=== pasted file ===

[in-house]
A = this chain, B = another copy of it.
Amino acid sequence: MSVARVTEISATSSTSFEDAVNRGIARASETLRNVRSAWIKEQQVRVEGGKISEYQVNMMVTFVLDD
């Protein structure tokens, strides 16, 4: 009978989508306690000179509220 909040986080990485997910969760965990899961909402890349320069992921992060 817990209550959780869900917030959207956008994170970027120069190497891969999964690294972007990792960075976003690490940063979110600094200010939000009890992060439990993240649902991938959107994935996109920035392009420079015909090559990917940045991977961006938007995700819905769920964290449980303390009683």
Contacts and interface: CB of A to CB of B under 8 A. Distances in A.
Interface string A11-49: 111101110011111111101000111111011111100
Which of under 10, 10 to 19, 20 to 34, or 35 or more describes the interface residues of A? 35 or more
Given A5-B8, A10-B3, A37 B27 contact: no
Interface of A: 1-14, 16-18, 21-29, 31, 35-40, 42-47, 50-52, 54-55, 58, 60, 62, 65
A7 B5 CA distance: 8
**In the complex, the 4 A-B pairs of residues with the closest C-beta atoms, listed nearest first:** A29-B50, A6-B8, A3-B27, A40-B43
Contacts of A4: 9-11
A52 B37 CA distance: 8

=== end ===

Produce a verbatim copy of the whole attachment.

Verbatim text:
[in-house]
A = this chain, B = another copy of it.
Amino acid sequence: MSVARVTEISATSSTSFEDAVNRGIARASETLRNVRSAWIKEQQVRVEGGKISEYQVNMMVTFVLDD
């Protein structure tokens, strides 16, 4: 009978989508306690000179509220 909040986080990485997910969760965990899961909402890349320069992921992060 817990209550959780869900917030959207956008994170970027120069190497891969999964690294972007990792960075976003690490940063979110600094200010939000009890992060439990993240649902991938959107994935996109920035392009420079015909090559990917940045991977961006938007995700819905769920964290449980303390009683």
Contacts and interface: CB of A to CB of B under 8 A. Distances in A.
Interface string A11-49: 111101110011111111101000111111011111100
Which of under 10, 10 to 19, 20 to 34, or 35 or more describes the interface residues of A? 35 or more
Given A5-B8, A10-B3, A37 B27 contact: no
Interface of A: 1-14, 16-18, 21-29, 31, 35-40, 42-47, 50-52, 54-55, 58, 60, 62, 65
A7 B5 CA distance: 8
**In the complex, the 4 A-B pairs of residues with the closest C-beta atoms, listed nearest first:** A29-B50, A6-B8, A3-B27, A40-B43
Contacts of A4: 9-11
A52 B37 CA distance: 8